Meanwhile, up in the conscious mind, Voss is the still the great adventurer taking a journey. The adventure story continues throughout Act 2. We get the following Hero’s Journey:
Does this look familiar? All the men are up there in the Conscious part of the story. All the women are down below in the unconscious. That is exactly what was going on in the Victorian era society and had been going on for the last couple of millennia of patriarchy. The feminine has been relegated to the unconscious. Household, family, child. All woman’s business. All hidden away out of sight. Meanwhile, the great adventures of Faustian man were blazing in all their glory up in the Conscious.
Of course, Voss is not on a great adventure. He’s walking into the desert and fighting his own demons. This is yet another negation on White’s part and it symbolises not just a psychic but a spiritual struggle. Our textual reference point now is the biblical journey. Voss is both Faust, the prime myth of Faustian culture and also the biblical Moses wandering in the desert. In this way, he represents the two highest levels of the animus that Jung identified. Laura’s adoption of the child now makes her the Virgin Mary in anima terms. It is through these symbols that White shows us the individuation process in Act 2.
It is the psychological journey of Act 2 that the novel is known for. But it’s at the end of Act 2 that we get the final, earth-shattering re-evaluation that is going to blow everything out of the water. Voss dies.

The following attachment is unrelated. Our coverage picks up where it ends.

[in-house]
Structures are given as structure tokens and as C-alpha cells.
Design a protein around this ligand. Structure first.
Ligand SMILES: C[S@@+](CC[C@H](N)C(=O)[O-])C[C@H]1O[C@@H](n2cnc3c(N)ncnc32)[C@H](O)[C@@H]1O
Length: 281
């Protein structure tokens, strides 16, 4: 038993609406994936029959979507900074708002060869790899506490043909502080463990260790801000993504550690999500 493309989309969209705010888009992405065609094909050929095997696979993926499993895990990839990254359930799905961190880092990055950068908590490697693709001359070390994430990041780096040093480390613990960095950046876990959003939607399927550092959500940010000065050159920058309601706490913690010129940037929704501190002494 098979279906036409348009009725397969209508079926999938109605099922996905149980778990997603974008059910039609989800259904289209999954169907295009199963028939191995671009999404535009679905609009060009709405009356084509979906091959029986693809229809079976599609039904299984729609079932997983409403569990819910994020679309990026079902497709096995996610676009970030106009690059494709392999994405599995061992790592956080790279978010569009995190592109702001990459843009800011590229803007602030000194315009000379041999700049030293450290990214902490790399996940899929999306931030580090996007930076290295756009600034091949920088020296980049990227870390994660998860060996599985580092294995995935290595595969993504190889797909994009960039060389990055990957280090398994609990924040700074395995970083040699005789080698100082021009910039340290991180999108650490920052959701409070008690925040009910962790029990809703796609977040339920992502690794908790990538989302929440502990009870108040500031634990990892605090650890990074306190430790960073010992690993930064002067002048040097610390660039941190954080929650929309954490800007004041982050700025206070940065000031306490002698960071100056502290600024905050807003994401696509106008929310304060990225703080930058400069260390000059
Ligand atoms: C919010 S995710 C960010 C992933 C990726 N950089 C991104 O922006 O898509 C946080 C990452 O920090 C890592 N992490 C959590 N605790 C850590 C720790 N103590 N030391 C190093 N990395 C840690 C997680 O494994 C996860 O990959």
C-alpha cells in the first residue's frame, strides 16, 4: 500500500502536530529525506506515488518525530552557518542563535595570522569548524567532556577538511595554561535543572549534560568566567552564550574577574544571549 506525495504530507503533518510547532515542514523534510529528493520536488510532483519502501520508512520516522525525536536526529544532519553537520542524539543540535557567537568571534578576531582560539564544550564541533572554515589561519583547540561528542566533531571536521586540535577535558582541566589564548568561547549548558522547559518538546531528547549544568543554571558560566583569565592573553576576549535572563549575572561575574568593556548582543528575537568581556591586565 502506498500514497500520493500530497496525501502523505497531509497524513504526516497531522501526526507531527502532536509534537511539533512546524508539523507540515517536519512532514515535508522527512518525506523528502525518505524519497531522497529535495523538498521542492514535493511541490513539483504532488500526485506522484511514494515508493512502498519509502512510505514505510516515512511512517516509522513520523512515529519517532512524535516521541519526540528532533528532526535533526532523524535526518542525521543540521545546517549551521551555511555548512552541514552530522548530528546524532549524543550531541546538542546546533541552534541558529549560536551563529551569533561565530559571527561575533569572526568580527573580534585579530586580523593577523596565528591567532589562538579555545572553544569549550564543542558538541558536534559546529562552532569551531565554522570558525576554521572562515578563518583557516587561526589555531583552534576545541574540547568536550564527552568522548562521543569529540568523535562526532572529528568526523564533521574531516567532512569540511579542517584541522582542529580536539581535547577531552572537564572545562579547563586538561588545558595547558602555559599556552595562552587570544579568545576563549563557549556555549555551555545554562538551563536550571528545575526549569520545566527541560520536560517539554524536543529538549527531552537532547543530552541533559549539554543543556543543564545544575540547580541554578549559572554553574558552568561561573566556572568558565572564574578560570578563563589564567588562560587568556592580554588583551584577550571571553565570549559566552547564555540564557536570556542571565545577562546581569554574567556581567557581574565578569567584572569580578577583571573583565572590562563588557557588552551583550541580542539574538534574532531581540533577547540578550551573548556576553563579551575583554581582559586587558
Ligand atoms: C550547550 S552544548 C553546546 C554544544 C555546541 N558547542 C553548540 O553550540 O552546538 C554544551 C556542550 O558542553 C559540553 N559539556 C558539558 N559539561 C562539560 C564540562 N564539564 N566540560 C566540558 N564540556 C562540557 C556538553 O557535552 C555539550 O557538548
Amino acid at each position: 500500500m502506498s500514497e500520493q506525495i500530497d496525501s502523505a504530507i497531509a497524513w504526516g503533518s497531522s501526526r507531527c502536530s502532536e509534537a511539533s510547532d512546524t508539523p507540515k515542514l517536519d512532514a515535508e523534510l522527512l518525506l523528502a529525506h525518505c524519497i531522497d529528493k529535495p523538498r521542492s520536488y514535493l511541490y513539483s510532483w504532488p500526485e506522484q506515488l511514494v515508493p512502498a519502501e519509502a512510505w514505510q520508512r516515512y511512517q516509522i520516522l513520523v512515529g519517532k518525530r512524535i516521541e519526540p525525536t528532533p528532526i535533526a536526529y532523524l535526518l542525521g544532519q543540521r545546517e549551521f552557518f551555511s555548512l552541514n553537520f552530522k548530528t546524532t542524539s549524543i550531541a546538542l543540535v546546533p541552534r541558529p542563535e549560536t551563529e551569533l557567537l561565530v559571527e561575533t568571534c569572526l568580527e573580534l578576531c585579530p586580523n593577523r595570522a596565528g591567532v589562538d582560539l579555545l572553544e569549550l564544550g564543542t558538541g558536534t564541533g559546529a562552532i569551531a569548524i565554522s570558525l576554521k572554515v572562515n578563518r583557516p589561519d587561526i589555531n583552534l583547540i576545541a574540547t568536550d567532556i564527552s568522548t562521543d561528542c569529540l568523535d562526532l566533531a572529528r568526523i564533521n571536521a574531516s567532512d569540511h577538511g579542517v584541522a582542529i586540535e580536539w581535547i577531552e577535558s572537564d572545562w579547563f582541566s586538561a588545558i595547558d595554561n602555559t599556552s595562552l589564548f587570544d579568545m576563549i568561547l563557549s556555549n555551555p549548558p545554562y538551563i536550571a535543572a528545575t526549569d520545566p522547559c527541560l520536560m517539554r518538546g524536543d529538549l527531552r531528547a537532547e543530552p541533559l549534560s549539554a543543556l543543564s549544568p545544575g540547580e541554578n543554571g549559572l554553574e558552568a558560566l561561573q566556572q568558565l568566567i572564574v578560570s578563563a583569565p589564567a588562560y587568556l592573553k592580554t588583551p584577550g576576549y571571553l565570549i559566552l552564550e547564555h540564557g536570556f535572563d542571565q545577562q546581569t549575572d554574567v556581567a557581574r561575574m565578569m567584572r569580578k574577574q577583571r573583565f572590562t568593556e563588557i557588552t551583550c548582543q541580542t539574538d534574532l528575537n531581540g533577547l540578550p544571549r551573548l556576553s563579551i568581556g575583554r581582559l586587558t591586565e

He dies at exactly the point in the classic Hero’s Journey where somebody is supposed to die. In the Matrix, for example, this is the point of the story where Cipher is killing the other members of the crew by pulling the plug on them. It’s the All is Lost moment where the mission seems impossible before the hero rises from the ashes.
But there’s a huge problem. It is Voss that has died. But Voss is supposed to be the hero of the book! White is yet again forcing us to re-evaluate and this time we must re-evaluate the entire premise of the book. The titular character, the hero, has died and there’s still one act of the story to go. Again, White is negating a standard cultural expectation. When a story is named after one of the characters, that character is supposed to be the hero. Romeo and Juliet, Macbeth, King Lear, Robinson Crusoe, Oliver Twist. The list could go on and on.
What does this mean? It means Voss is not the hero. Laura Trevelyan is the hero. We must change our entire understanding of the story. With Voss dead, the adventure story has ended and so has the love story. All that is left is Laura. What on earth is going on? What sort of story are we in now? The answer: a completely new type of story never written before. And the reason is because in Act 3 White introduces a fourth variable to the love story.
What happens symbolically in the 3rd act of the story is that the feminine rises up from the unconscious both literally and figuratively. Laura leaves the house of her aunt and uncle. She gets a job and takes a place in society. She is a mother, a widow, a teacher and still a young and beautiful woman. She is all these things in one. But the psychological journey of Act 2 is over. In Act 3 we are now standing back in history. The love story of Voss and Laura is over and both we and the characters in the novel are re-evaluating it as a historical occurrence through the character of Laura.
This is the fourth and brand new dimension White has added to the love story. It’s the incredible, meta, put-your-mind-in-a-blender-and-drink-an-Integral-Consciousness-milkshake moment. It makes me want to pour a bath just so I can jump out of it and shout “Eureka, muthaf**ckers!”